Updated: 2:05 p.m.
Former House Majority Leader Tom DeLay’s activities in the 2002 election cycle amount to “successful politics,” but he did not violate state campaign finance laws, his defense attorney said on the opening day of the ex-lawmaker’s money-laundering trial, the Austin American-Statesman reported.
The Texas Republican is accused under a 2005 indictment of illegally funneling to state candidates $190,000 in corporate money collected by his state political action committee through the Republican National Committee in 2002, in violation of state laws that prohibit such funds from being used for political campaigns.
Opening arguments in the trial, which is expected to last three weeks, began Monday.
“You cannot convict Tom DeLay because of his politics,” DeLay attorney Dick DeGuerin said, the American-Statesman reported. “And no evidence will show any act done by Tom DeLay other than politics — good politics, successful politics.”
The Associated Press reported Monday that Travis County prosecutor Beverly Mathews used her opening statement to outline the state’s allegation that DeLay orchestrated the alleged illegal money swap.
“The evidence will show you they took the corporate money they knew could not be given and came up with a scheme where that dirty money could be turned clean and given to candidates,” Mathews told jurors.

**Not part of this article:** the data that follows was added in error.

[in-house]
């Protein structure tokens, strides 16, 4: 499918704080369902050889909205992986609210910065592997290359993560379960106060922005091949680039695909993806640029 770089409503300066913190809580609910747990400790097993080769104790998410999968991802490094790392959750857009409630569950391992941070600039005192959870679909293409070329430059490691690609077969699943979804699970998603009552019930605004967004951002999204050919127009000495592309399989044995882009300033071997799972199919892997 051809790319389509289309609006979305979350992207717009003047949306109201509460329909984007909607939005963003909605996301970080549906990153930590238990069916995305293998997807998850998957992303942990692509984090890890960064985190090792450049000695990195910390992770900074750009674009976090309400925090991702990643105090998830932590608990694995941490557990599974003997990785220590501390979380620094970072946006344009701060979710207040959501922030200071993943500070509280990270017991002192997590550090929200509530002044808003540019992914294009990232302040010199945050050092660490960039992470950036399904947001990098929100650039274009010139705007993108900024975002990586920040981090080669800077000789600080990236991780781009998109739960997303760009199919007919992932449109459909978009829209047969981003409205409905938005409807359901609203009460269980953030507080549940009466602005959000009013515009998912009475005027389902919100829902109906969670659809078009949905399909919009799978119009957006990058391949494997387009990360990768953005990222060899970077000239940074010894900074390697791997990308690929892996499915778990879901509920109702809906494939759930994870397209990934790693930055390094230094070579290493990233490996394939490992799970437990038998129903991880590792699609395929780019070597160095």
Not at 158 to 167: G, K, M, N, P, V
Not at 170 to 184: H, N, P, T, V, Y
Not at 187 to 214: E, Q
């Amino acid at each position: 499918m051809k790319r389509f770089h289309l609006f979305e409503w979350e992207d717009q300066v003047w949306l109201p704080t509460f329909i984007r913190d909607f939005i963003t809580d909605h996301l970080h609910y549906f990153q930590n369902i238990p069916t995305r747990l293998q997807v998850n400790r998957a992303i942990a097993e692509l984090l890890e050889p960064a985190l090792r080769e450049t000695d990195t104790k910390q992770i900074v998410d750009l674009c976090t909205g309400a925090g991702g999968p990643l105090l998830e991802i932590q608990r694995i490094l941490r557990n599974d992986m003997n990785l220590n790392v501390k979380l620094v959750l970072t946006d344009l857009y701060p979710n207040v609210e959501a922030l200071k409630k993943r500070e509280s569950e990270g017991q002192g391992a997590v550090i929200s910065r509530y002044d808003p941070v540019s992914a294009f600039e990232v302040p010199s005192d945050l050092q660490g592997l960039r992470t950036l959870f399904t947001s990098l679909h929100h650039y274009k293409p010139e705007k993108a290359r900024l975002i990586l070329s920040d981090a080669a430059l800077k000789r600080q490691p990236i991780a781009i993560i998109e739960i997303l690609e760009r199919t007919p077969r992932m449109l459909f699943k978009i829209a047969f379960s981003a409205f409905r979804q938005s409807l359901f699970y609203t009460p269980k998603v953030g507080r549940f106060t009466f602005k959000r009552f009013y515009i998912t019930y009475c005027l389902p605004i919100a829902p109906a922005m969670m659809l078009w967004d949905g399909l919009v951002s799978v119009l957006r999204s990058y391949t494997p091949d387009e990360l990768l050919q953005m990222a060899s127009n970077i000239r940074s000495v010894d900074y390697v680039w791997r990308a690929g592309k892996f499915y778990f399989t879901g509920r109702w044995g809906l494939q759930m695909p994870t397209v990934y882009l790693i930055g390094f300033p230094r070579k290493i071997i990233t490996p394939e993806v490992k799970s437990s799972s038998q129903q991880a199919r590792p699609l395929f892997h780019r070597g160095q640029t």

Political operatives Jim Ellis and John Colyandro, who ran the Americans for a Republican Majority PAC and Texans for a Republican Majority PAC, respectively, are also charged in the alleged scheme. They will face a separate trial.
“There is nothing wrong with Republicans trying to dominate the political world,” Mathews told the jury. “But the means to achieve that gain must be lawful.”
DeLay, who has denied wrongdoing in the case, appeared self-assured before the hearing began Monday morning.
“The prosecution doesn’t have a case. How can I not feel confident?” DeLay, accompanied by his wife, Christine, told the Associated Press.
He addressed the jury at Monday’s hearing, pleading not guilty after his indictment was read aloud in the courtroom.
“Ladies and gentlemen, I am not guilty,” he said, according to the Houston Chronicle.
DeLay also came under scrutiny in the Justice Department’s investigation involving disgraced ex-lobbyist Jack Abramoff, but the government informed DeLay in August that it would not bring charges against him in that case.
After leaving office in 2006, DeLay founded the consulting firm First Principles, which is based in Sugar Land, Texas.